Here are some excerpts from my soon to be publish novel, A Hundred Year of Tears - One Soldier's Story from the Savannah to the Somme. It would be White Star Line's ship, S.S. Olympic, that would carry Sgt. John Guess from his home in America to England, to begin his final journey in France with Company H, 364th Infantry Regiment, 91 Division, American Expeditionary Forces.
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Leaving New York
It’s hard to describe the buzz that was taking place along the Hoboken piers, where a constant stream of ferry boats were making their way to the well-camouflaged ships that we were about to board.
As we neared the ship that would take us over the Atlantic we could barely make out the name — S.S. Olympic — painted on the side of the hull of the White Star Line. No longer the stately floating palace from the days before the war, she now looked rather tacky in her camouflaged coat of brown, black and yellow paint. Her glorious name had been exchanged for a mere identifying number.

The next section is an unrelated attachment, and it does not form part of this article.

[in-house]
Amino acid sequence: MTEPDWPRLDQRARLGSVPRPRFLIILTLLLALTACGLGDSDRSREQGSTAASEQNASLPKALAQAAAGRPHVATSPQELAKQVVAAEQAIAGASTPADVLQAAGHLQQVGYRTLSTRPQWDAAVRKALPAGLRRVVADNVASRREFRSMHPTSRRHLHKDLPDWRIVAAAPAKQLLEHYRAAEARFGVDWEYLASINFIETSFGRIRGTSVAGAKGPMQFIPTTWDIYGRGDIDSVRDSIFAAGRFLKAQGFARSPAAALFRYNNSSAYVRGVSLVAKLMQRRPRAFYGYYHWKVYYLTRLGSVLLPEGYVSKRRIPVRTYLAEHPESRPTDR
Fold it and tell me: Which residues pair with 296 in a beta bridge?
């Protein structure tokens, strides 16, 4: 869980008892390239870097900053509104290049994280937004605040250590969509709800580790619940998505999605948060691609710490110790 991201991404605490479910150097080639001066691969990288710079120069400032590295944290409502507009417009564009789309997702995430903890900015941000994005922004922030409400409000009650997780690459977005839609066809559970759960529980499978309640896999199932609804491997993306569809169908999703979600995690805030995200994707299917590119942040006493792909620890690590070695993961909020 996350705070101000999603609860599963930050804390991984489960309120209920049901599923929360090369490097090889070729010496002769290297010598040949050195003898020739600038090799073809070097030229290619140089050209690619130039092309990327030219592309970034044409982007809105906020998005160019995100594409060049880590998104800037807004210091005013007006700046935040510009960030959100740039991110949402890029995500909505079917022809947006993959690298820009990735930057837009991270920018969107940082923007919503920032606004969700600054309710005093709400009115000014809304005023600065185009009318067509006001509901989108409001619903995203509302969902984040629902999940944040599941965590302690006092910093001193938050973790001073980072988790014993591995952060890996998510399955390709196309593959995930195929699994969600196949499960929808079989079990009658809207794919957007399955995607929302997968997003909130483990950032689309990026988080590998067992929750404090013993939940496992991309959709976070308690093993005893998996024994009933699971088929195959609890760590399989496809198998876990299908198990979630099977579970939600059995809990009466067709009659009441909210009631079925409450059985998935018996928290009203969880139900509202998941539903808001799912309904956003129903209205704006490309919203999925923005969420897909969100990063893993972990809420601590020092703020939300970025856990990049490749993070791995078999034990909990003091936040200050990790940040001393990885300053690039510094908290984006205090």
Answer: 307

It took most of the day for all the men to board, find their assigned bunks and get their gear stowed away. On each bunk a life jacket awaited the recruits. This new gear would become a vital part of our daily lives as we made the ocean crossing.
On English Soil
It was the morning of July 18th that we awakened with five U.S. destroyers surrounding the Olympic as it made its way on this last leg of the trip. By evening and under the soft light of the moon, we could make out Land’s End on the port side as the ship worked its way through this maritime graveyard. Morning found us at the entrance to Southampton where we waited silently for the rise in tide that would take us up the channel and to the piers.